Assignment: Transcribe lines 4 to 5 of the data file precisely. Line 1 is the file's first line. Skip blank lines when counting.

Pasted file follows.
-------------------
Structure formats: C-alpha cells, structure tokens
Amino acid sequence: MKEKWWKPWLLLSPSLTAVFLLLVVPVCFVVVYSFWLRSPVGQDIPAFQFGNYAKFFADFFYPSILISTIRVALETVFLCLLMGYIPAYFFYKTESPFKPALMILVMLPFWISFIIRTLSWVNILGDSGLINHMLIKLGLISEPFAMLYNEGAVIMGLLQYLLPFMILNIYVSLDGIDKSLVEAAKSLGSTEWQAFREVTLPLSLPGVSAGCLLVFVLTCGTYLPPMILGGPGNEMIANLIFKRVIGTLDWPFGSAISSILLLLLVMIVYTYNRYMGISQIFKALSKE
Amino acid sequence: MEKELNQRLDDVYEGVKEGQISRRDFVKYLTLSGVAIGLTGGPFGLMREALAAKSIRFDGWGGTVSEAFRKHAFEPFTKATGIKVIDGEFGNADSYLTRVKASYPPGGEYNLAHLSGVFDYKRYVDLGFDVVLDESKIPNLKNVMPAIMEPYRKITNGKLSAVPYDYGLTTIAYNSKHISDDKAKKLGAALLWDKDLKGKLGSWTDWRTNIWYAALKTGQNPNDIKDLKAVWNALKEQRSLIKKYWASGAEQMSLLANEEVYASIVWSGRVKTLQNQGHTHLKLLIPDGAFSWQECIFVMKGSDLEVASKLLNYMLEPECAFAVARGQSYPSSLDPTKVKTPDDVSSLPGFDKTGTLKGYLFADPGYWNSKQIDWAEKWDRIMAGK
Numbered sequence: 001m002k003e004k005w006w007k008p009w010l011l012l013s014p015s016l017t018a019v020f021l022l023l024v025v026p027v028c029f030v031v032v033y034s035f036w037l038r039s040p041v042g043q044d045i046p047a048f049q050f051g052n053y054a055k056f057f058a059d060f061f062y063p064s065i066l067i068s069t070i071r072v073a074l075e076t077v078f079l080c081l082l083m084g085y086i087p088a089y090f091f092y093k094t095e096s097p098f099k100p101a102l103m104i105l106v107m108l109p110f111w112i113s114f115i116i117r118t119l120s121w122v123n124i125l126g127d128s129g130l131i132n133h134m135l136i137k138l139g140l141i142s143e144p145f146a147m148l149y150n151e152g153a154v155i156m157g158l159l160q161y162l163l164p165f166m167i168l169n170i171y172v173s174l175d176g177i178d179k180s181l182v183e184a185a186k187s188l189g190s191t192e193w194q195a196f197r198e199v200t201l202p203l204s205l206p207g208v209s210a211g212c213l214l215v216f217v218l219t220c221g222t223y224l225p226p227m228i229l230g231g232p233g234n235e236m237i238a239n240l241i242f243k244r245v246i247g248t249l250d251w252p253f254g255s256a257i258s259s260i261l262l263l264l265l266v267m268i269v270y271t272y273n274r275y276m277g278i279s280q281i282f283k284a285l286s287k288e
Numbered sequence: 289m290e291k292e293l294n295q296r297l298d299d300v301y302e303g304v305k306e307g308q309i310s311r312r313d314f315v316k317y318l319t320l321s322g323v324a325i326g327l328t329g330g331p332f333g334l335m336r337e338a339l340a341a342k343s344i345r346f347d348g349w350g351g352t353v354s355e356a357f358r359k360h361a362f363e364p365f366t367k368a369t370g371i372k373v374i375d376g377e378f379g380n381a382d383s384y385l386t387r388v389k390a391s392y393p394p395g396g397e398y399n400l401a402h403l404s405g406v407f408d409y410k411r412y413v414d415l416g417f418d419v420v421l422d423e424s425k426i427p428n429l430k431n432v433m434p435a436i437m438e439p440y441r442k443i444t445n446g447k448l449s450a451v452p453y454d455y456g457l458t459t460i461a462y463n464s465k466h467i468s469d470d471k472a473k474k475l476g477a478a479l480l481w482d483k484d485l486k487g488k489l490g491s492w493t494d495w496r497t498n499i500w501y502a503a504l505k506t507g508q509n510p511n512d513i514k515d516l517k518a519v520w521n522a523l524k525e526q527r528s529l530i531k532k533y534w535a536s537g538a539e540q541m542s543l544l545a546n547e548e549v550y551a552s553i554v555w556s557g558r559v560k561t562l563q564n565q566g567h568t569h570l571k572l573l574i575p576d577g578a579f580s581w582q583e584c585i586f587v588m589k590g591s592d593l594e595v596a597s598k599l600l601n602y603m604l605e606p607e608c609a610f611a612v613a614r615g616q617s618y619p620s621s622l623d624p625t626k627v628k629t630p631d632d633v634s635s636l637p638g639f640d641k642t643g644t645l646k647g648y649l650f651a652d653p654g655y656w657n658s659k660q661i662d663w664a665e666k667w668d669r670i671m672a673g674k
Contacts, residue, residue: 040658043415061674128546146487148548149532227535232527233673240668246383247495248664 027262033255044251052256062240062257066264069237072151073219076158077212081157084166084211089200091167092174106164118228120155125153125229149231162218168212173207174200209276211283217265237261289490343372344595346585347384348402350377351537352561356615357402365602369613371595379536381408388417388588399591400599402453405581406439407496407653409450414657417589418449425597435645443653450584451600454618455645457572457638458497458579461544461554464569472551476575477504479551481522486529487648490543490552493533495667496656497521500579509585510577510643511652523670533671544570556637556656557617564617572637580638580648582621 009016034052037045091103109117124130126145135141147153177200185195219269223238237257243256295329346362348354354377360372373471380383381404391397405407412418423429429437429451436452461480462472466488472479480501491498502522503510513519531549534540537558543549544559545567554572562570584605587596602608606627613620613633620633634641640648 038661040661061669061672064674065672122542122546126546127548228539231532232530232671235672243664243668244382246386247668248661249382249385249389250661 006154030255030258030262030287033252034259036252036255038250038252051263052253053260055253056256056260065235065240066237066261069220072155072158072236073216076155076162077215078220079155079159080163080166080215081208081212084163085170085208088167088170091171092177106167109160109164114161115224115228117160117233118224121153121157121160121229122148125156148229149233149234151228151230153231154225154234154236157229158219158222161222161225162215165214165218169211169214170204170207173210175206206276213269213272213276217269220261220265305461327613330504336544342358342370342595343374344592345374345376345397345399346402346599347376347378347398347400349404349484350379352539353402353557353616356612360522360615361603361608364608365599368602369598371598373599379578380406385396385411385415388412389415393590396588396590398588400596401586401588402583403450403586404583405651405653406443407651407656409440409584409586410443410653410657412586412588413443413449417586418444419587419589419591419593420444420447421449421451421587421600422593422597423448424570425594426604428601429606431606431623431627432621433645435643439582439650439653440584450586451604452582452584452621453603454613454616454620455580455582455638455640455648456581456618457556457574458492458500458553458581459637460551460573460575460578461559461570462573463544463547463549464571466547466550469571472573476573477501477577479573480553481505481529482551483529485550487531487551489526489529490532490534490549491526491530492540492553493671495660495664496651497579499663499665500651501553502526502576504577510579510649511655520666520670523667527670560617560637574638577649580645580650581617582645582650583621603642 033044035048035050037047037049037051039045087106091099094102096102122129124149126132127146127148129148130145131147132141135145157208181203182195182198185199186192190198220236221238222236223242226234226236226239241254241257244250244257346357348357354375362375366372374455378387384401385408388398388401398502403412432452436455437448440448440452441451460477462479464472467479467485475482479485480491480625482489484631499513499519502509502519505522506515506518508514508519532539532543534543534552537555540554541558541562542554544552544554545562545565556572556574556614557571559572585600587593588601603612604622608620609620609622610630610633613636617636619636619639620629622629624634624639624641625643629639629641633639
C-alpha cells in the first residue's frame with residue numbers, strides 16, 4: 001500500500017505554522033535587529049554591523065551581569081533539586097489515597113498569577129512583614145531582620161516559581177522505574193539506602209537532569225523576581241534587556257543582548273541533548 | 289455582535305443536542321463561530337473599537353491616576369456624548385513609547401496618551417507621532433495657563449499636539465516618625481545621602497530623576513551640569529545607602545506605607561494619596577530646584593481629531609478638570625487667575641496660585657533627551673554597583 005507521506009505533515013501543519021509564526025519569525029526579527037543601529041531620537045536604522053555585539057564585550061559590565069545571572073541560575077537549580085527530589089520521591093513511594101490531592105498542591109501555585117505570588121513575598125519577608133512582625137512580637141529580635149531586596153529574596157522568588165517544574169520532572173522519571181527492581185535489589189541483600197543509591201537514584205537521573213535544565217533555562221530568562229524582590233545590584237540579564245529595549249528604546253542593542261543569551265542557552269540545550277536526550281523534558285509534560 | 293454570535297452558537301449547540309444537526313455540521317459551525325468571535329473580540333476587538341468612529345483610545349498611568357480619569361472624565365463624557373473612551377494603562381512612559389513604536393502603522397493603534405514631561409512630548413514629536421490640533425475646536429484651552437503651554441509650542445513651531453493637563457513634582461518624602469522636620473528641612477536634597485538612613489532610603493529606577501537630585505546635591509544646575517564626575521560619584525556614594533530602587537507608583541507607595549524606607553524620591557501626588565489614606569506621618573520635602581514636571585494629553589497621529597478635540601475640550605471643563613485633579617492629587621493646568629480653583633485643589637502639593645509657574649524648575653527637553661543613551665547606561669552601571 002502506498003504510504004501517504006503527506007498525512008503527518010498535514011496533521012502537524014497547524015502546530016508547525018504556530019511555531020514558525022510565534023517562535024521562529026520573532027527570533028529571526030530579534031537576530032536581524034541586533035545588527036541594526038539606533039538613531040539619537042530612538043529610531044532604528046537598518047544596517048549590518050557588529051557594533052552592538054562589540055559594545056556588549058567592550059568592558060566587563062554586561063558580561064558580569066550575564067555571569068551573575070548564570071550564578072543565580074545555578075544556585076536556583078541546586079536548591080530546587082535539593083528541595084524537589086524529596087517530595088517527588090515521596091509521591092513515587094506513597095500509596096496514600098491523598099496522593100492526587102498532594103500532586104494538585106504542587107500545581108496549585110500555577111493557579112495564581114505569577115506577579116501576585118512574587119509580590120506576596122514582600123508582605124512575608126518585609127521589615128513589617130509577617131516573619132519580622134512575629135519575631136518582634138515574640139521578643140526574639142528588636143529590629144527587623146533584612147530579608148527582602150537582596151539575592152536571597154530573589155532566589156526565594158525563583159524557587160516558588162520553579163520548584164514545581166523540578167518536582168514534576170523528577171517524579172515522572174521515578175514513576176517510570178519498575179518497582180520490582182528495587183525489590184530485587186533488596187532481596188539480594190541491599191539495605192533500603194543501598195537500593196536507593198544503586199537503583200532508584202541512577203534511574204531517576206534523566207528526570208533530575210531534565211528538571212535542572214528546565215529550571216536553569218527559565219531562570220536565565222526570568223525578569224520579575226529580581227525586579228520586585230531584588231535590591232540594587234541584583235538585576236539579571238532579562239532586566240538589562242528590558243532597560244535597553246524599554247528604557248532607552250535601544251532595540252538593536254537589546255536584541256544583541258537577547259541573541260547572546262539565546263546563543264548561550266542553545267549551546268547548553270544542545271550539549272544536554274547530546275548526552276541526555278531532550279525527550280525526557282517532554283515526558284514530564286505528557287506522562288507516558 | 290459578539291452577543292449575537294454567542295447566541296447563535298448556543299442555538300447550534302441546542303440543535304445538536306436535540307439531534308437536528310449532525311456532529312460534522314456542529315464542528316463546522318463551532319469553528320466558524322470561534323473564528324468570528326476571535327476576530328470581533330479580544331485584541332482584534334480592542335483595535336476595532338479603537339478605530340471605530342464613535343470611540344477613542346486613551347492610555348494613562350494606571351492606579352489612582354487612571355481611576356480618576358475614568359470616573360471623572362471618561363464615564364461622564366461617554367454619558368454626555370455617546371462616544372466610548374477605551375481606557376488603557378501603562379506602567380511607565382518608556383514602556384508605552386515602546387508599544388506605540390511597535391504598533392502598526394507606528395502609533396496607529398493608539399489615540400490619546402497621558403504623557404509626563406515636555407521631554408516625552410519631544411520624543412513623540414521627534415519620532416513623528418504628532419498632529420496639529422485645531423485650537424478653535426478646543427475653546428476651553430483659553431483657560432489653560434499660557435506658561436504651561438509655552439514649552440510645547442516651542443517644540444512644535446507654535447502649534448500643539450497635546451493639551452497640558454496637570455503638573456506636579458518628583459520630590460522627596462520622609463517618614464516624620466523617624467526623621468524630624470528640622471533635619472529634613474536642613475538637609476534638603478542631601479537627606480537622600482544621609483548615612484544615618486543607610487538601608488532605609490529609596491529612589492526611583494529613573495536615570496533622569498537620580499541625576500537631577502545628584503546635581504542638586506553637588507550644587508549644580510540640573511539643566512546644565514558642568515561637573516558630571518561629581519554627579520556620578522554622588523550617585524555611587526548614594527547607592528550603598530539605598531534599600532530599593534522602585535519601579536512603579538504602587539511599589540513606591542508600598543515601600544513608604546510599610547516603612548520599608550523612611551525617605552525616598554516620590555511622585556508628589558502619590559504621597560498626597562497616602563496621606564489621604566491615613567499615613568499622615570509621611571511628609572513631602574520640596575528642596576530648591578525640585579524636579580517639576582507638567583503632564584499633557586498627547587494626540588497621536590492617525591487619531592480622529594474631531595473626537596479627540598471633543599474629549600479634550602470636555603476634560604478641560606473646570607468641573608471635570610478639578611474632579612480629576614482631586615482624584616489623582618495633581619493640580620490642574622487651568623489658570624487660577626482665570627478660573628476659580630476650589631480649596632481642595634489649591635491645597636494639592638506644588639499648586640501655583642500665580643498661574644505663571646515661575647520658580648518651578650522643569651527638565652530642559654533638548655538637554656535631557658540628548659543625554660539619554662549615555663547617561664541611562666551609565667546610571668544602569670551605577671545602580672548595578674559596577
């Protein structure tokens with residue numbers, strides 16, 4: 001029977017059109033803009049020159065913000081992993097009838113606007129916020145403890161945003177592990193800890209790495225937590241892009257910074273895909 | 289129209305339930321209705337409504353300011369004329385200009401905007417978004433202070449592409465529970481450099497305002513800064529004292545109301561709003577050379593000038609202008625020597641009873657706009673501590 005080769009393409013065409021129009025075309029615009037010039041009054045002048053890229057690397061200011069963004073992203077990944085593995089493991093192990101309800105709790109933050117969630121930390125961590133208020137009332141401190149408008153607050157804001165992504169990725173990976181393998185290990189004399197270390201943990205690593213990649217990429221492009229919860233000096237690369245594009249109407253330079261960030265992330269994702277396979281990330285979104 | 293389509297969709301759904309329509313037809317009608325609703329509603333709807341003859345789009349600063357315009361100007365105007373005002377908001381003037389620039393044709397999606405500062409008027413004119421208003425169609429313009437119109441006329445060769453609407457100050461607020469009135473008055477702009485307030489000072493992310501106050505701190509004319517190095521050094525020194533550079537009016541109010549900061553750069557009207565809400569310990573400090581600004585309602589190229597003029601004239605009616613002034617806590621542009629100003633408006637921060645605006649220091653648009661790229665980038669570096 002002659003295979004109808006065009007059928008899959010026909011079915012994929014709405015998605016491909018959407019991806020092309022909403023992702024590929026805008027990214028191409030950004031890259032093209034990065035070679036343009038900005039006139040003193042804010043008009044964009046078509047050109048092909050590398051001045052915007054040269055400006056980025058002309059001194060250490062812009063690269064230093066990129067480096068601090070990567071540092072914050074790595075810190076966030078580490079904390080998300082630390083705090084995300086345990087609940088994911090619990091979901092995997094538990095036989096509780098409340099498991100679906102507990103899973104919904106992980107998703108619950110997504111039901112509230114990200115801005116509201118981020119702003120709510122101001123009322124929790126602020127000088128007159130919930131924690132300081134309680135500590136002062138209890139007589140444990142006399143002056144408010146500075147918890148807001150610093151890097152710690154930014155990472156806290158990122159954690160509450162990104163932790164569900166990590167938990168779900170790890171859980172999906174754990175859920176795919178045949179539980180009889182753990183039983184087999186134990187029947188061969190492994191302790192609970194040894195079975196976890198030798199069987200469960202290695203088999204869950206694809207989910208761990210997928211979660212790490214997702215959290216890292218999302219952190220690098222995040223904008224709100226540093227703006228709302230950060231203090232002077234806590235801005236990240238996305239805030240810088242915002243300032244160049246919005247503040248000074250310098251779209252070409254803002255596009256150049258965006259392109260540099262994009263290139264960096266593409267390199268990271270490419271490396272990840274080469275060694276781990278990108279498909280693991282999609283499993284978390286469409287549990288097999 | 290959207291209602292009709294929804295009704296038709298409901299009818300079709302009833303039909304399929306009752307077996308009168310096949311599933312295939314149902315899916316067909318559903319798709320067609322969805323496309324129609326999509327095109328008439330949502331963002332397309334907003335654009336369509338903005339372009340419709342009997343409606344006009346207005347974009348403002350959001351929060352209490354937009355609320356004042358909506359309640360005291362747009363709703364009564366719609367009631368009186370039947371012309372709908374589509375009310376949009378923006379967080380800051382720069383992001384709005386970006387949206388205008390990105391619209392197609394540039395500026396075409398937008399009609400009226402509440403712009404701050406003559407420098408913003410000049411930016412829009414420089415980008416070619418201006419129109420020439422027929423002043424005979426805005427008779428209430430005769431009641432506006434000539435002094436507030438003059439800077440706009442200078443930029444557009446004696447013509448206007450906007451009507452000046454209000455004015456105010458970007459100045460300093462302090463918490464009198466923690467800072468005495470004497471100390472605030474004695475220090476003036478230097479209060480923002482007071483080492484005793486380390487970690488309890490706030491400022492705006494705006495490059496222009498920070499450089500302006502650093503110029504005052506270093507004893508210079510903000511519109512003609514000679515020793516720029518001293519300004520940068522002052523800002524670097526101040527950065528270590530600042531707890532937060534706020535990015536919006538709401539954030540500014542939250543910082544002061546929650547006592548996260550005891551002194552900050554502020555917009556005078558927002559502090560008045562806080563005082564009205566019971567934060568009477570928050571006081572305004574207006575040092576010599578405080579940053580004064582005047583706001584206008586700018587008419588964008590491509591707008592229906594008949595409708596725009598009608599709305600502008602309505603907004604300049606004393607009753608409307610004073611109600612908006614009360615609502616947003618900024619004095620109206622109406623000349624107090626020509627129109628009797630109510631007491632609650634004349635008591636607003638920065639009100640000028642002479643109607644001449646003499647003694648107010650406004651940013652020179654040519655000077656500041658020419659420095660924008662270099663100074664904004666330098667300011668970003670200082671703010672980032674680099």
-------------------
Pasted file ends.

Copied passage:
Numbered sequence: 001m002k003e004k005w006w007k008p009w010l011l012l013s014p015s016l017t018a019v020f021l022l023l024v025v026p027v028c029f030v031v032v033y034s035f036w037l038r039s040p041v042g043q044d045i046p047a048f049q050f051g052n053y054a055k056f057f058a059d060f061f062y063p064s065i066l067i068s069t070i071r072v073a074l075e076t077v078f079l080c081l082l083m084g085y086i087p088a089y090f091f092y093k094t095e096s097p098f099k100p101a102l103m104i105l106v107m108l109p110f111w112i113s114f115i116i117r118t119l120s121w122v123n124i125l126g127d128s129g130l131i132n133h134m135l136i137k138l139g140l141i142s143e144p145f146a147m148l149y150n151e152g153a154v155i156m157g158l159l160q161y162l163l164p165f166m167i168l169n170i171y172v173s174l175d176g177i178d179k180s181l182v183e184a185a186k187s188l189g190s191t192e193w194q195a196f197r198e199v200t201l202p203l204s205l206p207g208v209s210a211g212c213l214l215v216f217v218l219t220c221g222t223y224l225p226p227m228i229l230g231g232p233g234n235e236m237i238a239n240l241i242f243k244r245v246i247g248t249l250d251w252p253f254g255s256a257i258s259s260i261l262l263l264l265l266v267m268i269v270y271t272y273n274r275y276m277g278i279s280q281i282f283k284a285l286s287k288e
Numbered sequence: 289m290e291k292e293l294n295q296r297l298d299d300v301y302e303g304v305k306e307g308q309i310s311r312r313d314f315v316k317y318l319t320l321s322g323v324a325i326g327l328t329g330g331p332f333g334l335m336r337e338a339l340a341a342k343s344i345r346f347d348g349w350g351g352t353v354s355e356a357f358r359k360h361a362f363e364p365f366t367k368a369t370g371i372k373v374i375d376g377e378f379g380n381a382d383s384y385l386t387r388v389k390a391s392y393p394p395g396g397e398y399n400l401a402h403l404s405g406v407f408d409y410k411r412y413v414d415l416g417f418d419v420v421l422d423e424s425k426i427p428n429l430k431n432v433m434p435a436i437m438e439p440y441r442k443i444t445n446g447k448l449s450a451v452p453y454d455y456g457l458t459t460i461a462y463n464s465k466h467i468s469d470d471k472a473k474k475l476g477a478a479l480l481w482d483k484d485l486k487g488k489l490g491s492w493t494d495w496r497t498n499i500w501y502a503a504l505k506t507g508q509n510p511n512d513i514k515d516l517k518a519v520w521n522a523l524k525e526q527r528s529l530i531k532k533y534w535a536s537g538a539e540q541m542s543l544l545a546n547e548e549v550y551a552s553i554v555w556s557g558r559v560k561t562l563q564n565q566g567h568t569h570l571k572l573l574i575p576d577g578a579f580s581w582q583e584c585i586f587v588m589k590g591s592d593l594e595v596a597s598k599l600l601n602y603m604l605e606p607e608c609a610f611a612v613a614r615g616q617s618y619p620s621s622l623d624p625t626k627v628k629t630p631d632d633v634s635s636l637p638g639f640d641k642t643g644t645l646k647g648y649l650f651a652d653p654g655y656w657n658s659k660q661i662d663w664a665e666k667w668d669r670i671m672a673g674k